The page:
It’s easy to spin a negative into a positive.
It’s also easy to make a positive sound negative.
But there’s really no point in doing a year-end review and bury the facts under spun positives, so here goes the hard truth:
2018 is the year during which I worked the most, but have the least to show for it.
This while my costs grew by 30%. 😬
On the positives…
- I made fresh new mistakes. I learned a lot about business, myself, and life in general;
- The business around Lean B2B grew on almost all key metrics (site traffic, sales, revenue, email signups, word of mouth, etc). Reader feedback is still tremendously positive; 👍
- I met great people. I experienced life in Azerbaijan, Georgia, Kazakhstan, and Kyrgyzstan. I took few vacations, but when I did, they were amazing.
- I’m proud of the work I’ve done.
- I’m healthy, alive, and I get to keep going.
Learning Rate – 2018 Growth & Learning
On the negatives…
- We have yet to find a sustainable level of product-market fit for Highlights, a tech startup;
- The lack of significant business progress cost me a great business partner (Ludo left the business);
- Revenue/income levels are not yet fully sustainable;
- I had to sacrifice a lot of my personal life;
- I’m feeling the brunt of the opportunity cost.
“A founder is spending 60 months of their best years in their startup (instead of their career). That is a substantial upfront investment; it’s like a seed round, but instead of money, it’s your life.” – Des Traynor, Intercom Co-Founder
So, Why Keep Going?
The easiest thing to do is to do what most people are doing.
It minimizes social costs, the need for explaining, and, if it means getting a full-time job, you often get to reclaim some of your time.
This can be great, but it’s not the game I’m playing.
My goals are:
- Location-Independence (✅ I have that);
- Financial-Independence (I’m getting there);
- Complete control over how I spend my time (work-in-progress).
The last two can, almost exclusively, be achieved with the path I’m on.
Obviously, if my game was revenue-maximization I’d be failing by a mile, but thankfully, it’s not.
“One of the hardest things to do in the world is to turn down money.” – Ryan Holiday, Author
So, What Went Wrong?
The flip side of independence is that you end up having to make all of the decisions, and that, by making all the decisions, you have to bear 100% of the cost of those decisions, good or bad.
This means that, until you start hiring staff, any task you take on has a cost on your entire business (distraction or opportunity cost).
Building something new is extremely costly.
- Writing Lean B2B cost 1,000 hours;
- Creating the Control Alt Deceit game cost about 450 hours;
- Building Highlights to its current state cost something in between.
Although it takes roughly 40 hours per month for me to maintain the business around Lean B2B, maintenance is not growth. The time I spent on Highlights was not spent on Lean B2B, my main source of income.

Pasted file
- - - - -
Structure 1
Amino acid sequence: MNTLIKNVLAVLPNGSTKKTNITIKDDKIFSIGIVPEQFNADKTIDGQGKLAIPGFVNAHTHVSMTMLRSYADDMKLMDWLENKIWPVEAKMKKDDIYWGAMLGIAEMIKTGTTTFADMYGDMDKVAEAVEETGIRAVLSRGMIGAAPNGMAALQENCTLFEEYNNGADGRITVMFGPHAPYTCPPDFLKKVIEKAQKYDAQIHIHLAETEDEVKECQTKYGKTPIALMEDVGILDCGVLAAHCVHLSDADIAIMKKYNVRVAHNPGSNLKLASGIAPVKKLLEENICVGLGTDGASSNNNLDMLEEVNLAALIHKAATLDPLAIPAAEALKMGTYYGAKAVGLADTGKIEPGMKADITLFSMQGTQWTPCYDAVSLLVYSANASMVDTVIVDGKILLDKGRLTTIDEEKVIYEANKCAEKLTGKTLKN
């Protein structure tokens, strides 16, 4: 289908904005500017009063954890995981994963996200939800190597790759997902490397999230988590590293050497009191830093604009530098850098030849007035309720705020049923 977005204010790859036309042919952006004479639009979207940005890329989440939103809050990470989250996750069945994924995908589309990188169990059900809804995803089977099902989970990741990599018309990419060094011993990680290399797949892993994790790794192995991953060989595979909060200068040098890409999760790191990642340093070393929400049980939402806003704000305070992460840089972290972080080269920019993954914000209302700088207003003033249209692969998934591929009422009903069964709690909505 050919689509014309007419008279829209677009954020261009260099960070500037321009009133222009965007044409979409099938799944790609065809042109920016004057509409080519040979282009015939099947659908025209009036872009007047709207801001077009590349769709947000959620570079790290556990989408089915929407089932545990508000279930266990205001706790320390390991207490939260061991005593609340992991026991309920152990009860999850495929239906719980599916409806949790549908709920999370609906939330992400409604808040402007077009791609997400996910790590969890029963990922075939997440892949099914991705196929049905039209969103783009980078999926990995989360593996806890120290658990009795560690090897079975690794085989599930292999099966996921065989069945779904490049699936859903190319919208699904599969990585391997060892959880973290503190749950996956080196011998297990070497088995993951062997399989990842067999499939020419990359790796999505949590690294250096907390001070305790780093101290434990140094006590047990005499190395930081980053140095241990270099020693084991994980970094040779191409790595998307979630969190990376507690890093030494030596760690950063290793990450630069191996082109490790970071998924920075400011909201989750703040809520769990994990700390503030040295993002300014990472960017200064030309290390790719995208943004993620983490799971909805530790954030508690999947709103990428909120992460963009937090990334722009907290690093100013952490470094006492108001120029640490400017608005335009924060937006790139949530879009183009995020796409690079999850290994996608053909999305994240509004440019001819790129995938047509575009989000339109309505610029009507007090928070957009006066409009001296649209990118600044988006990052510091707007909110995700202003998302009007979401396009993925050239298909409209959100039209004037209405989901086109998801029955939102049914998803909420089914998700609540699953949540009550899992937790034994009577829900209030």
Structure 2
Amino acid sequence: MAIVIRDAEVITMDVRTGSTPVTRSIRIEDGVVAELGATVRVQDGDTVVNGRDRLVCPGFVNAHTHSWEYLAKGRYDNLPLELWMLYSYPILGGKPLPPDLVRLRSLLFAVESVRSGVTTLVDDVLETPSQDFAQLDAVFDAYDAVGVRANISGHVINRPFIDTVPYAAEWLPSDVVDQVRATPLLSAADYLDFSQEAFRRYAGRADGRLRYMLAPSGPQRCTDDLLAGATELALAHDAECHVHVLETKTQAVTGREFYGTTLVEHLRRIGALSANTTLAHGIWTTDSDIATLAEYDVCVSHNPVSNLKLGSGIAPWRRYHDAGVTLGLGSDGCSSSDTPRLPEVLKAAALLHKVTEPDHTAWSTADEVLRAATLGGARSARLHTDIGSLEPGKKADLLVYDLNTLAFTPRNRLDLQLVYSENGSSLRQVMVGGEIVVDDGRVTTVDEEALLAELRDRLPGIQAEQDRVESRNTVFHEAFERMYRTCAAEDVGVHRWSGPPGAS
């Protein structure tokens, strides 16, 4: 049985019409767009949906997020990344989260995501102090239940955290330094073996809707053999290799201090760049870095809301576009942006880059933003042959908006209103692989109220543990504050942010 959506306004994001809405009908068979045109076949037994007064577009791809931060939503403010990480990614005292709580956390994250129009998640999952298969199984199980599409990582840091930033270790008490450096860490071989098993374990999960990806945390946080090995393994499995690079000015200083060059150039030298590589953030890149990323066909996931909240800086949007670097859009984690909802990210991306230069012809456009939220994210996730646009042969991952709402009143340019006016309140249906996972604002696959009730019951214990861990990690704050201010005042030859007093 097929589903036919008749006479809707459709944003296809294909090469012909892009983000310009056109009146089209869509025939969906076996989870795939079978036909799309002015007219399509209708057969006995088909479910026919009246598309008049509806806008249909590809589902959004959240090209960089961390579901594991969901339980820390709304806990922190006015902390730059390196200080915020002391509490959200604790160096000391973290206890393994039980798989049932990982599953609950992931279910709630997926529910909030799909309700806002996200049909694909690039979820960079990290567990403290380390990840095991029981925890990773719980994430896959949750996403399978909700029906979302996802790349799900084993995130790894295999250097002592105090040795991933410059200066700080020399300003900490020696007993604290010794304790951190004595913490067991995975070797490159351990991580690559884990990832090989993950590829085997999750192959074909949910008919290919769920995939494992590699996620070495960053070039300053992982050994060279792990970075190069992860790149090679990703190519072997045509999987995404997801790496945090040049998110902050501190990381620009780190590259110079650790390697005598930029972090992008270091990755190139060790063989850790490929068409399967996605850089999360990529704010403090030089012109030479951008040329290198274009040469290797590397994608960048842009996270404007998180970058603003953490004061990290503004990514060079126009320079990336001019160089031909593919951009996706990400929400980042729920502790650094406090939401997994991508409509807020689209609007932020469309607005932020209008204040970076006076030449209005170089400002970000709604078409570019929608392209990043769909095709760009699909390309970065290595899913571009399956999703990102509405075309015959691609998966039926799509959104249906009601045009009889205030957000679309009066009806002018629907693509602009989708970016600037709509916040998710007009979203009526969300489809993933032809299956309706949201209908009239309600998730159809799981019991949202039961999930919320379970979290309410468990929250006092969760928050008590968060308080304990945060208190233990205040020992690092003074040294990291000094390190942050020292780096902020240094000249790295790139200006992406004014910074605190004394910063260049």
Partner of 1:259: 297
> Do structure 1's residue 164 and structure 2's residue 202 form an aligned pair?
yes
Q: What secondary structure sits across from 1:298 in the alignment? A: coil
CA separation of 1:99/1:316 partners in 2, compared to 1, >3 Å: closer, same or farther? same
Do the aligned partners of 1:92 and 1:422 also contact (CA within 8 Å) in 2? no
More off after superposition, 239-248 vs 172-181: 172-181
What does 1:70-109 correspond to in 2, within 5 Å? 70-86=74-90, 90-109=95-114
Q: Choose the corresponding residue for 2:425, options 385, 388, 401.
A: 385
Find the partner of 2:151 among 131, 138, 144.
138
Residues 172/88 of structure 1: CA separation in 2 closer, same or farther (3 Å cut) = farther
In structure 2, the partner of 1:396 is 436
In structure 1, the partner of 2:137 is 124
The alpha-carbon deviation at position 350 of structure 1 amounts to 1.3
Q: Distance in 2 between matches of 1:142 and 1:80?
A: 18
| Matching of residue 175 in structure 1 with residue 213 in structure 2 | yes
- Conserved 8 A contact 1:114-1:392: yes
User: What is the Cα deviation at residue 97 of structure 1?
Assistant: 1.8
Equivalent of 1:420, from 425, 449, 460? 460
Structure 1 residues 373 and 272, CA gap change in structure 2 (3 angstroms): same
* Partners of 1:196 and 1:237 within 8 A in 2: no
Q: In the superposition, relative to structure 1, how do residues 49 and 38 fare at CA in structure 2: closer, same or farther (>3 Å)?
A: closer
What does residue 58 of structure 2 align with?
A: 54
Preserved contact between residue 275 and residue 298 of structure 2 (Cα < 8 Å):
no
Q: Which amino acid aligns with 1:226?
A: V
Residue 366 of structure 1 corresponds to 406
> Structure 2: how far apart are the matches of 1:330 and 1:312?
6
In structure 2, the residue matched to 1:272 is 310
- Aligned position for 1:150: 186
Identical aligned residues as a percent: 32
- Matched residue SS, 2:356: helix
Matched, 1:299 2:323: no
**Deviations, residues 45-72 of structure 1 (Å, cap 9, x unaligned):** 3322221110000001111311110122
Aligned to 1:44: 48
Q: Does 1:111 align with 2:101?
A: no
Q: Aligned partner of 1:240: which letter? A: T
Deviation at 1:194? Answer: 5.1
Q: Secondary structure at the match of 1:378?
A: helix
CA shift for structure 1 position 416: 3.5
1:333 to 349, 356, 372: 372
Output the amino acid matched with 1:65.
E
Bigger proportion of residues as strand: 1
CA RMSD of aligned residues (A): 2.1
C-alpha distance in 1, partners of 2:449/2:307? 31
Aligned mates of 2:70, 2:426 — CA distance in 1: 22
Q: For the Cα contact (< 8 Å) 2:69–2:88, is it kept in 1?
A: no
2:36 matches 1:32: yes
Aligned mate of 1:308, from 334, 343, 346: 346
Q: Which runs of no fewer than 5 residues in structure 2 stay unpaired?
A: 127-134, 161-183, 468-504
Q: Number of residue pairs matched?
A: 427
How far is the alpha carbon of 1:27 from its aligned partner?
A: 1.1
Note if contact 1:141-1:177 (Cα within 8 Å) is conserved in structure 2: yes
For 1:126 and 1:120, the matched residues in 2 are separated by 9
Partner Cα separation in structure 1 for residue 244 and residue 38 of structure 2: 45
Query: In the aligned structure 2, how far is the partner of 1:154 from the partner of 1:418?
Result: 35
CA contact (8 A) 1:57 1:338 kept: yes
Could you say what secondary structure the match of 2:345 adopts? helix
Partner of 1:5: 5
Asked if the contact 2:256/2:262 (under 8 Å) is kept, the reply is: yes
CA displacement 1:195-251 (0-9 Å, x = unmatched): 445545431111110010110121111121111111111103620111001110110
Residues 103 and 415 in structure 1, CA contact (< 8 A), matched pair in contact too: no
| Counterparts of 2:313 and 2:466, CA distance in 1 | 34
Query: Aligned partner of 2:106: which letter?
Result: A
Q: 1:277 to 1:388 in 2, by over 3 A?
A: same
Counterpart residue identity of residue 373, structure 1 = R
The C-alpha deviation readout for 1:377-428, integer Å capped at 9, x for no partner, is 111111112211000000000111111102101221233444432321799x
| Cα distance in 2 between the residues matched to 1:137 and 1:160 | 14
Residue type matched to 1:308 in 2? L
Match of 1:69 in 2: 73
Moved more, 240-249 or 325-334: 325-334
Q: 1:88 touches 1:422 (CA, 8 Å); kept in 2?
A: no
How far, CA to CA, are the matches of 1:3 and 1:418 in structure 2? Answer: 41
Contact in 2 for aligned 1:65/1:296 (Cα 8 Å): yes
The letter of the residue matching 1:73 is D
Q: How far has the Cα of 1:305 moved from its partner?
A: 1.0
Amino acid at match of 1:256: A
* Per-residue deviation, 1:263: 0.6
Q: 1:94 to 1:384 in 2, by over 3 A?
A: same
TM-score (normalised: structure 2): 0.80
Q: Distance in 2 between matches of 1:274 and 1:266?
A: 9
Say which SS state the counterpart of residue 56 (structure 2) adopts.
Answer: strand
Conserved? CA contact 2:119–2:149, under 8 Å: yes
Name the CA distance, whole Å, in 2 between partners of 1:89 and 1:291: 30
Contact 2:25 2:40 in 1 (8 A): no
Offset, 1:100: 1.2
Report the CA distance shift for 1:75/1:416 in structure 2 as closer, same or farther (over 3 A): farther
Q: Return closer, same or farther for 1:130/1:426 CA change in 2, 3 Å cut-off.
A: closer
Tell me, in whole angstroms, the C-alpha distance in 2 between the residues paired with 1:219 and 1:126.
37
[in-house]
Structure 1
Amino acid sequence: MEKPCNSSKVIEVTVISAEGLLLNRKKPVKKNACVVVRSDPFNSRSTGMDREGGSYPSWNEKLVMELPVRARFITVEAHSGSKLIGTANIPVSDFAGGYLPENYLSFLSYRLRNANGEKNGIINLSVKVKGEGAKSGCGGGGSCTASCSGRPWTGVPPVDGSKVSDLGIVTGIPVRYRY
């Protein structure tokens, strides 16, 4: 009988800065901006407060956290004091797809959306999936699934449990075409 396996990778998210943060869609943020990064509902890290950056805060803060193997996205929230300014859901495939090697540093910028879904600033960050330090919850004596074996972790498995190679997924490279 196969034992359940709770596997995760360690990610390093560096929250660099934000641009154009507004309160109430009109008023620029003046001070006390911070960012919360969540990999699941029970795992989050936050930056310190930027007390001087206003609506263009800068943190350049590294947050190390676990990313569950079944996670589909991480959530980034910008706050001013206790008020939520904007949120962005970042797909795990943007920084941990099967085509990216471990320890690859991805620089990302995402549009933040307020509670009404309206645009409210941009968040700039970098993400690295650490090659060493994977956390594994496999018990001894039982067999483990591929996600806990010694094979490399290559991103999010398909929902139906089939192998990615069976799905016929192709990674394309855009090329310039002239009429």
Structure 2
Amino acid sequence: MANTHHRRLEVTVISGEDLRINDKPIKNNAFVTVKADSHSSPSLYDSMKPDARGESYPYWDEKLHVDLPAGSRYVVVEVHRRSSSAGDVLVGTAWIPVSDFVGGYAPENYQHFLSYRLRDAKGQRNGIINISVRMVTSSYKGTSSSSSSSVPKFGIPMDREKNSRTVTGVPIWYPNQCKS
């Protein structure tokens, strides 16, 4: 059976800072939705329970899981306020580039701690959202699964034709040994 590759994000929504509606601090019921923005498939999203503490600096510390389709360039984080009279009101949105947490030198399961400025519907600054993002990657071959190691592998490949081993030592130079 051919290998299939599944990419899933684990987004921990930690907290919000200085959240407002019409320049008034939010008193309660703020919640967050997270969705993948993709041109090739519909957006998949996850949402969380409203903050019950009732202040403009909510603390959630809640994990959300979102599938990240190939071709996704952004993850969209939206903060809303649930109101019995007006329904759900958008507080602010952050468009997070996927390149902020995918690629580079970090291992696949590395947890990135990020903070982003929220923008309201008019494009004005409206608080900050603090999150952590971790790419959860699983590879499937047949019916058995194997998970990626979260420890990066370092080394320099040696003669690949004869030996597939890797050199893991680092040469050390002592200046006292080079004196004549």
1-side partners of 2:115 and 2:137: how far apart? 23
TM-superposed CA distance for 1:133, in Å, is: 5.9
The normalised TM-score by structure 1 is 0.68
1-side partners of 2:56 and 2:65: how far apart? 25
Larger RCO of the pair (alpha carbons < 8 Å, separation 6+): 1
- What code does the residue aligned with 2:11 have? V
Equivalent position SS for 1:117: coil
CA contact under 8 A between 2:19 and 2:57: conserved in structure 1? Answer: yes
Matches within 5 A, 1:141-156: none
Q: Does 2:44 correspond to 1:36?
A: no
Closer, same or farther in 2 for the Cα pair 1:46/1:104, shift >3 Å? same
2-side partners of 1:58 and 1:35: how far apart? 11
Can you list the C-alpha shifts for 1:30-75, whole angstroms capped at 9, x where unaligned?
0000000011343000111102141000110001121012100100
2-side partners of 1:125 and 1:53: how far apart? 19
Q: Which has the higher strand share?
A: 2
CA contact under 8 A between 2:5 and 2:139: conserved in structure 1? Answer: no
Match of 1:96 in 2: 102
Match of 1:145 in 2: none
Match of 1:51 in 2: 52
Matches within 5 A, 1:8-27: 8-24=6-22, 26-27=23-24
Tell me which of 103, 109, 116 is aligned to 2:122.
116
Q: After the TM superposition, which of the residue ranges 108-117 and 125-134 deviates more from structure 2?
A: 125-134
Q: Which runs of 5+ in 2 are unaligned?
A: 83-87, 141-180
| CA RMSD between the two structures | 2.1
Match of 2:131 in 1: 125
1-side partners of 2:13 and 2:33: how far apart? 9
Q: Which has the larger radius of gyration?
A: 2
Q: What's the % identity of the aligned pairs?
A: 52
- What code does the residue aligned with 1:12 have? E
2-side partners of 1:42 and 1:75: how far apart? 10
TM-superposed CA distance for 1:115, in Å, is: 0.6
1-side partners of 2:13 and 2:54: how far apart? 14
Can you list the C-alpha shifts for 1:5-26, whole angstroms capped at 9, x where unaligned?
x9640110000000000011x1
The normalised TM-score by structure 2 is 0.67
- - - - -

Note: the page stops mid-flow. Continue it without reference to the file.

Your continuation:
This means one business grew at the cost of the other.
Resilience & Opportunities in Disguise
If nothing else, this year taught me resilience.
Resilience in the face of indifference. Resilience in the face of major pivots. And resilience in the face of a partner leaving.
Amidst the negatives of a partner breakup, opportunities emerge:
- Reclaiming equity and being able to bring on partners to help solve key business challenges;
- Taking a step back and re-aligning the business to fit my personal game plan;
- Finding new ways to monetize the business.
The Lean B2B business allows me to play a long-ish game with Highlights. It also allows me to see first-hand the value of having a portfolio of products (e.g. a book, a course, an app, a game, etc).
- Helps spread risk across different projects;
- Opens up more ways to engage or appeal to my audience;
- Reinforces my brand and positioning.
There just needs to be overlap between the different products’s audiences.
It worked with the Lean B2B community (now defunct); it didn’t with the Control Alt Deceit game (different customers).
Based on what I’ve seen in 2018, I think Highlights can add to my portfolio; a key part of my strategy in 2019.
So, What of 2019?
“If the ladder is not leaning against the right wall, every step we take just gets us to the wrong place faster.” – Stephen Covey, Best-Selling Author
Working hard is no replacement for working smart.
When I look back at this past year, there’s a lot of things I did that didn’t have much of an impact. Although some of those things led to important insights, or were just completely unavoidable, in 2019 I want to significantly improve my ability to identify the 20% that truly drives results.
By slowing things down and re-investing energies in the most impactful opportunities, I should be able to:
- Work less;
- Double-down on new revenue opportunities;
- Re-invest in my health and personal life.
I’m excited to hit the road again (Balkans!), focus on financial independence, and reclaim my time. The mitigated successes of 2018 should help me see the opportunities in 2019 a bit more clearly.